Saskia Neuman Gallery is pleased to present Harry Anderson's first solo exhibition at the gallery, The Flesh is Weak. In a suite of new ceramic works, the artist has taken a new direction where the former expression soberly seeps into mystery and new emotion arise. In this new turn the rhythmicity of the material is released, and its unpredictability celebrated. The exhibition reinforces a feeling of ambivalence towards the various stages of our lives and manifests the artist's own interpretation of what it means to be human.
The title of the exhibition is found in the biblical stating, The spirit is willing, the flesh is weak, which refers to the human soul's qualities of striving and will, which are ultimately defied by the shortcomings and weaknesses of the flesh. In a deep-dive investigation of the self's relationship to the outside world, this exploration is shaped in traditional motifs - distorted by the different states of the artist’s psyche.
In Anderson's practice, several designs of the vase can be found - a design where it’s undeniable role in the canon of history is borne by a thousand-year-old tradition. Its timeless form and material are united by its function of sharing stories. In depictions, ornamentation and illustrations, human history, and the views of our surroundings from the past to the present are clearly reproduced. Early on Anderson sought inspiration in English artist Grayson Perry, whose ceramic works point to trends in contemporary society. There is a wit in Perry’s work that is reflected in autobiographical references and universal topics such as identity and gender, which can be read alongside questions of decor, interior design, and class. In Anderson's vases, writing has intermingled with symbols, signs, and images. They are taken out of context and create a surreal meeting, where new context and insights come to life. The Flesh is Weak opens with three new vases, where the form seems to have swallowed the previous expression often on the surface of Anderson’s work, allowing these new sculptures to express its inner meaning. The work I have changed my name, too many times now, 2023 is shaped by the thought of how it falls to the ground, but instead of being crushed into pieces, a pressing resistance is created that distorts its shape. The three new sculptures set the tone for a new direction in the artist’s practice, where Anderson succeeds in portraying the constant dialogue between process and thought.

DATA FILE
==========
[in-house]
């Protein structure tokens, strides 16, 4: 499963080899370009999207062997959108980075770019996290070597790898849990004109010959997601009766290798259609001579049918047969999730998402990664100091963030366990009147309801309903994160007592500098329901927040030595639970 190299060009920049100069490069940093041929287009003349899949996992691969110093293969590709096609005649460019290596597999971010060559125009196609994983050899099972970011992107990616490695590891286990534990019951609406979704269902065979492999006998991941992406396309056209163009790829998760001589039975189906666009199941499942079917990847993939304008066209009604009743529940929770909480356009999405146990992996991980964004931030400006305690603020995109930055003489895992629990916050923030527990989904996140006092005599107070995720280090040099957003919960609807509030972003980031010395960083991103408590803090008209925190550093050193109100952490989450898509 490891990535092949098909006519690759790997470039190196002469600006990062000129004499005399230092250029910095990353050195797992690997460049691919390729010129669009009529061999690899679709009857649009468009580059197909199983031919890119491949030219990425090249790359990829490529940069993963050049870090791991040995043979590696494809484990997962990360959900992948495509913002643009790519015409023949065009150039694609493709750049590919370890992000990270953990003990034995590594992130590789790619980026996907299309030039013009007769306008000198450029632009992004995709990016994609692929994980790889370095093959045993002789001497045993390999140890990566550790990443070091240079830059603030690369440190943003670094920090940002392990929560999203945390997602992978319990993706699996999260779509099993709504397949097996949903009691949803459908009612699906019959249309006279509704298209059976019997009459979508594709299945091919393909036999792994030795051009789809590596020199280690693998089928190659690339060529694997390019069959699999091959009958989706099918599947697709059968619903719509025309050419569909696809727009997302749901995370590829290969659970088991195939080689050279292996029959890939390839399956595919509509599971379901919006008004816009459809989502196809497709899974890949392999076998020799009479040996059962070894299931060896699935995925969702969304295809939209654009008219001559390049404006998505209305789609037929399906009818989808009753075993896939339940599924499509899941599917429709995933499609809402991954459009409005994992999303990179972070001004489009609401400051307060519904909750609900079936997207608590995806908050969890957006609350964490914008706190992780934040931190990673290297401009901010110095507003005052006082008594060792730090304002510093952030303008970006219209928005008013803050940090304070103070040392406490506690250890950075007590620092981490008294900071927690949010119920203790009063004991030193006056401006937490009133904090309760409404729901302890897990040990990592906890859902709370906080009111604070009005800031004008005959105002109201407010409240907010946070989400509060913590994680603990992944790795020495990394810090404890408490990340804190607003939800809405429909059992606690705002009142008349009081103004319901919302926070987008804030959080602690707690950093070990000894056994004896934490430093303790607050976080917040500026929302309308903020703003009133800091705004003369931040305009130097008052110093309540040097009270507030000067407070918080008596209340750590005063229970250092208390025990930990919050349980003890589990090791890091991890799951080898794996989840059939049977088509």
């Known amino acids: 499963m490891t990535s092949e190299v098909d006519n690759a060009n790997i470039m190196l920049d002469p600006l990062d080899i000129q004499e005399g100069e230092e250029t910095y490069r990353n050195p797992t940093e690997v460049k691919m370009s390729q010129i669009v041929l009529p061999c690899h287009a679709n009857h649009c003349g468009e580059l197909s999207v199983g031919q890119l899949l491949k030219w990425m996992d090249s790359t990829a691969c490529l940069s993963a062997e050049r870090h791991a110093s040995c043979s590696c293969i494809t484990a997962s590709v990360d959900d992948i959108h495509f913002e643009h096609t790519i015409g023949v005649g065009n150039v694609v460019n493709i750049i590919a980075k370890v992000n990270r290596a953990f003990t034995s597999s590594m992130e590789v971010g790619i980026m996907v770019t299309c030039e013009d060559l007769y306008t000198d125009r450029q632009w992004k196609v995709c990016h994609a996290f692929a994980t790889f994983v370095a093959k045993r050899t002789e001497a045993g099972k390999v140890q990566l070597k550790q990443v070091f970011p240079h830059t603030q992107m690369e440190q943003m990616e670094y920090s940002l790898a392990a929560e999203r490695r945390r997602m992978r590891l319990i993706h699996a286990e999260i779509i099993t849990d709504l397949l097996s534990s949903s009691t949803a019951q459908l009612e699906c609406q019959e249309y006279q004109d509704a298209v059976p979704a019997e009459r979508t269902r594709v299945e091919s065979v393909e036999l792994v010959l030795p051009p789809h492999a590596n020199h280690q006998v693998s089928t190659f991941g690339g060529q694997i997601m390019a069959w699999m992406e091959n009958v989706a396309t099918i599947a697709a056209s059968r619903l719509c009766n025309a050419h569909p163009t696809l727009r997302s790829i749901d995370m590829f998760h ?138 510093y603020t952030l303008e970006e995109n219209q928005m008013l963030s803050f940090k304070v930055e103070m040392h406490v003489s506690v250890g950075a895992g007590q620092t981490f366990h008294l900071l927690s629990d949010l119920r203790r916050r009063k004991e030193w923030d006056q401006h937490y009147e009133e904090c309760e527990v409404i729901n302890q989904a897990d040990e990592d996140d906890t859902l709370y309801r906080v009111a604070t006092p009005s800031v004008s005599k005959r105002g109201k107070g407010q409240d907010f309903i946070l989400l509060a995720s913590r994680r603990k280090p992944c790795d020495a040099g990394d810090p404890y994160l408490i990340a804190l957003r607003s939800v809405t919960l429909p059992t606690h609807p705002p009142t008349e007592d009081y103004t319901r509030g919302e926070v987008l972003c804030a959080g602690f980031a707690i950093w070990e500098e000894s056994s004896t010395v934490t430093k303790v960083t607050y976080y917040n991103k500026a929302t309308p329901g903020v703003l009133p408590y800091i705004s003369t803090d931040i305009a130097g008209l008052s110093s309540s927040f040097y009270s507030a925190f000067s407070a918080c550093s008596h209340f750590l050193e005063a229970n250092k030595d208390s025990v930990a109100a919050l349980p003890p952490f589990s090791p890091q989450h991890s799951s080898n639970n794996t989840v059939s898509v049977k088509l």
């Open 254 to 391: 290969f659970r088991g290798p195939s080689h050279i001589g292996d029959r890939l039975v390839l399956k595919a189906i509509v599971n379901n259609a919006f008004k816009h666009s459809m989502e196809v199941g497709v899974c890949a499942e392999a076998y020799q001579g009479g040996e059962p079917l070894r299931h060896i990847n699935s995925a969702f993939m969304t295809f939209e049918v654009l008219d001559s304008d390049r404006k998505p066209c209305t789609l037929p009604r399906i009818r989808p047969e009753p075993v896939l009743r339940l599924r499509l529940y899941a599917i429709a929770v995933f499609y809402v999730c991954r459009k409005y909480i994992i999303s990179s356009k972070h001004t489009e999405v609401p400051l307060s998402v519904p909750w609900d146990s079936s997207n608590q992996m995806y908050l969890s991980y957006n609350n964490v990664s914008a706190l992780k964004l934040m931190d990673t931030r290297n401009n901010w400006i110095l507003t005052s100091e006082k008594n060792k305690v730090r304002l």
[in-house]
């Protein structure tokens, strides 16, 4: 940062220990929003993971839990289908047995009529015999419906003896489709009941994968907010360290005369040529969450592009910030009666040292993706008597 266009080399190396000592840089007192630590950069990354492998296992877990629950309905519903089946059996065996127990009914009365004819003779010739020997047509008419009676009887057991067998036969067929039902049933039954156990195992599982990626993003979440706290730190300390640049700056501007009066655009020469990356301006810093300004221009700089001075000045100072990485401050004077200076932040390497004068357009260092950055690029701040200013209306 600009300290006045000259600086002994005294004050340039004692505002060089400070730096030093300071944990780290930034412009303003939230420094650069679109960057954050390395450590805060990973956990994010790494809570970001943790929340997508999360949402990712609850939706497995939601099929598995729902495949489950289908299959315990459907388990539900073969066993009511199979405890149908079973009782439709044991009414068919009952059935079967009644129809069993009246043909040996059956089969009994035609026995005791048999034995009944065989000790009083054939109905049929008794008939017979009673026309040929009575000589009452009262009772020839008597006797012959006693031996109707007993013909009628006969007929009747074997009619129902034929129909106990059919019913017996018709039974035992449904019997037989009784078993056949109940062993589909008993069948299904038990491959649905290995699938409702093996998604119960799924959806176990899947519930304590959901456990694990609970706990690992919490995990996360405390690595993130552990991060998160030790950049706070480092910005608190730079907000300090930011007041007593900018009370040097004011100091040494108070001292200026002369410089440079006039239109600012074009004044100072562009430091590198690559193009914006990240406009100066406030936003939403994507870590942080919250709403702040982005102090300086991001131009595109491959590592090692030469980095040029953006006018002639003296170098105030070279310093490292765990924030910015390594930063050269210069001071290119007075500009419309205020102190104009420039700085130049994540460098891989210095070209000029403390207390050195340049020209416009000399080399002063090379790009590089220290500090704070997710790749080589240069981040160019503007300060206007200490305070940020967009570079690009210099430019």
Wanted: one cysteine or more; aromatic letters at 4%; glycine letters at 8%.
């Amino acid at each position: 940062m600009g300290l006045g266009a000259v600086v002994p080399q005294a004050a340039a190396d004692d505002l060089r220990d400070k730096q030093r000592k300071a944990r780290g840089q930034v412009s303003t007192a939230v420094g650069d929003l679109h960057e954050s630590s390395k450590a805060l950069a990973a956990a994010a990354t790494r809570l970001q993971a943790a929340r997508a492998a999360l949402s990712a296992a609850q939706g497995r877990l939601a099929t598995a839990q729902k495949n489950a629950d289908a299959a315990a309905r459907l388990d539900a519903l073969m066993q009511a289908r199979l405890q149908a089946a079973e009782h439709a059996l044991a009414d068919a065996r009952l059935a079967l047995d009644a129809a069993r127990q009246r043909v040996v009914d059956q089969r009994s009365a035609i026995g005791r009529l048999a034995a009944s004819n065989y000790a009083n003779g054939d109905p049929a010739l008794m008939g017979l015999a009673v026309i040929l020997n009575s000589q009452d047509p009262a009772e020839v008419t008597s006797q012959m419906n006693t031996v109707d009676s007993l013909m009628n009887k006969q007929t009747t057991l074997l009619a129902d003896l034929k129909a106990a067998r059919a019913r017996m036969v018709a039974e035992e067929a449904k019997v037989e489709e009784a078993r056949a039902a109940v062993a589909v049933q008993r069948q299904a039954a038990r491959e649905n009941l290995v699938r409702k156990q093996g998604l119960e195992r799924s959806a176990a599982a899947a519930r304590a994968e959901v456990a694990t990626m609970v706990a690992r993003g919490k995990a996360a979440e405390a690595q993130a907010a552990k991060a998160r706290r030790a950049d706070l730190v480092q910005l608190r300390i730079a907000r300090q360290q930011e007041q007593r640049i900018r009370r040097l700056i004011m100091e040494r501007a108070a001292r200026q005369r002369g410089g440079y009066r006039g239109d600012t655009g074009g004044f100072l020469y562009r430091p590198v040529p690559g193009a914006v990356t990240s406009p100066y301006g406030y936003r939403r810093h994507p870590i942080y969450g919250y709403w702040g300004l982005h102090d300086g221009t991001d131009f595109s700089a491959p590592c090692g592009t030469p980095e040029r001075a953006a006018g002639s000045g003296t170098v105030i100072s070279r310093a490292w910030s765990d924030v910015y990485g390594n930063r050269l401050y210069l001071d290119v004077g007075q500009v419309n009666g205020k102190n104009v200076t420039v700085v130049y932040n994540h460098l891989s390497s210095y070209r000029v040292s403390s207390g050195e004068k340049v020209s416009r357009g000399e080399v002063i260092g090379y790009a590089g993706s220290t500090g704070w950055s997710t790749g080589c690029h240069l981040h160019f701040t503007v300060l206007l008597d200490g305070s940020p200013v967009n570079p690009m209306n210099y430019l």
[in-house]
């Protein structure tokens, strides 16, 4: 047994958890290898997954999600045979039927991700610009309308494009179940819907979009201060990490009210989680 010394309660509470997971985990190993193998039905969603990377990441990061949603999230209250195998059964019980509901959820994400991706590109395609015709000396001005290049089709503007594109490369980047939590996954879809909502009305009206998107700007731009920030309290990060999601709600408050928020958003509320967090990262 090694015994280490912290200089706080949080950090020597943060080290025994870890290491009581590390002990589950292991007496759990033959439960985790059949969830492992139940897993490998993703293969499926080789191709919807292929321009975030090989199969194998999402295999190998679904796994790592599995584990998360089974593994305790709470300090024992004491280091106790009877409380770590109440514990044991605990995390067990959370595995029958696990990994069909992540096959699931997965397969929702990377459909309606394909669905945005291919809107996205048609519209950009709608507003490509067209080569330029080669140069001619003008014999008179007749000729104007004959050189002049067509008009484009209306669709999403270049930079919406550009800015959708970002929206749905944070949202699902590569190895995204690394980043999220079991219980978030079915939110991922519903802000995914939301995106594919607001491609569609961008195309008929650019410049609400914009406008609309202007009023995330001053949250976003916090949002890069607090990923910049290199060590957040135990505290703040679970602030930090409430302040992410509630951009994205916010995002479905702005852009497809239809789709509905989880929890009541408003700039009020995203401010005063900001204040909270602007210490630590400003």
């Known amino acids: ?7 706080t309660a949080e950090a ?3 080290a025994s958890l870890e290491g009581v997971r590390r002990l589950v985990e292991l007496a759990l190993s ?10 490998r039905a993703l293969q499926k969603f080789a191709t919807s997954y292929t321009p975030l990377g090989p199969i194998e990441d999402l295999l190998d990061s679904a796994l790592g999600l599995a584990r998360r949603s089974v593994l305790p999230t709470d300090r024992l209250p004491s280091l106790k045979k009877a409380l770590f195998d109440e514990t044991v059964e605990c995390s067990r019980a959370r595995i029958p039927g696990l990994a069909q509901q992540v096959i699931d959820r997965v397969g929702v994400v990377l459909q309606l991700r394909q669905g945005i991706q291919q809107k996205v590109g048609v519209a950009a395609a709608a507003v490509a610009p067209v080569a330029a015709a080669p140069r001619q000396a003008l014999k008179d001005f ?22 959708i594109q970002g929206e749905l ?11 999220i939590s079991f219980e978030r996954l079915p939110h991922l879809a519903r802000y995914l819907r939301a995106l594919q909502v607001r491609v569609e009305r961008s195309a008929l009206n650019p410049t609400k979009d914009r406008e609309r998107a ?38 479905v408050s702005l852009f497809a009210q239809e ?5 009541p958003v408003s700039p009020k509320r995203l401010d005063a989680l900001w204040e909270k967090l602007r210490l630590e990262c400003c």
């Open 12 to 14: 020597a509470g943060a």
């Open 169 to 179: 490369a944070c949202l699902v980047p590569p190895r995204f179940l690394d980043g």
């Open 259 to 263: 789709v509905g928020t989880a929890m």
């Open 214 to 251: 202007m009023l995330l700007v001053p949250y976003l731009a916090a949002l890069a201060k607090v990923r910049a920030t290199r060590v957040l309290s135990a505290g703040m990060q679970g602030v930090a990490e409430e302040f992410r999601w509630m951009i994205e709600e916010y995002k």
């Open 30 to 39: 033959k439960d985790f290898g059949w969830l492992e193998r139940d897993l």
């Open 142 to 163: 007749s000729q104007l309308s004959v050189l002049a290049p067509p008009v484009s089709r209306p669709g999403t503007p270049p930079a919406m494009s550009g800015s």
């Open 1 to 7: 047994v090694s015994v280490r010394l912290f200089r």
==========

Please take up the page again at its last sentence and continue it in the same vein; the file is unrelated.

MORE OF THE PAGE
In the installation of chains, symbolism of form meets heavy material, and is allowed to hang freely in the air. The chain's connotation of imprisonment and limitation is challenged by its freedom, how the sculptures subtly move, juxtaposing notions of security, stagnation. Like an anchor reaching out to hold a ship in place, the chain becomes a symbol of the artist's foundation and routine. At the same time, the hesitant feelings surrounding the artist’s mission to be a good person are amplified, expanding the belief that we are only as strong as our weakest link. The artist's search for the understanding of an inner balance is constant and weighs between his own strengths, weaknesses, and the acceptance of one’s own limitations.
The idea of weighing between good and evil brings the Anderson’s thoughts to the end of the earth. In his personal interpretation, the only beings saved from hell are animals, and nature. From the fire birds travel in flocks and their innocence colors its wings in all the shades nature have to offer. In the exhibition, they are presented in an installation where they move undisturbed in the room, between the fireplace and the end of the chimney. The color combinations act as a visual passage between past and present. The artist describes how his first experience of the importance of color for humans when he saw "The Wizard of Oz" at a young age. When Dorothy opens her eyes in the land of Oz, the previously black and white canvas has been transformed into a world of color - it is alive and almost tactile. In his artistic practice the element of color is used as a method to contrast the form, text, and images. Color succeeds in distorting the experience and moving the thought between what is good and bad.
In the installation including 17 busts, Anderson extends the traditional format into a surreal expression where a dialogue with the viewer is evoked. Anderson's fascination with architectural ornamentation was awakened by long walks through Stockholm in recent years. It’s often-incomprehensible context provided inspiration for trying to move the motifs' physical representation into the gallery space. These silent sculptures, where the inhabitants are viewed from a distance, are now allowed to meet the viewer where their inevitable gaze creates a new form of presence. Their expressions move beyond realism. The artist's goal is not to reproduce reality, but to create a reality of the same intensity he experiences via his observations throughout the city. In meeting and seeing the faces on the busts, their expression takes us to a new dimension where mystery and emotion allow for a dialogue with their surroundings. Their gaze moves freely in the room, changing in unison, creating unpredictable situations. In this dialogue, there is a shift between object and observer, where we can no longer understand who is observing whom.
Harry Anderson was born in 1986 in Stockholm, where he lives and works. In 2019, Anderson graduated with an MFA from the Royal Danish Academy of Fine Arts in Copenhagen. His work has been presented in several group exhibitions in both Sweden and Denmark.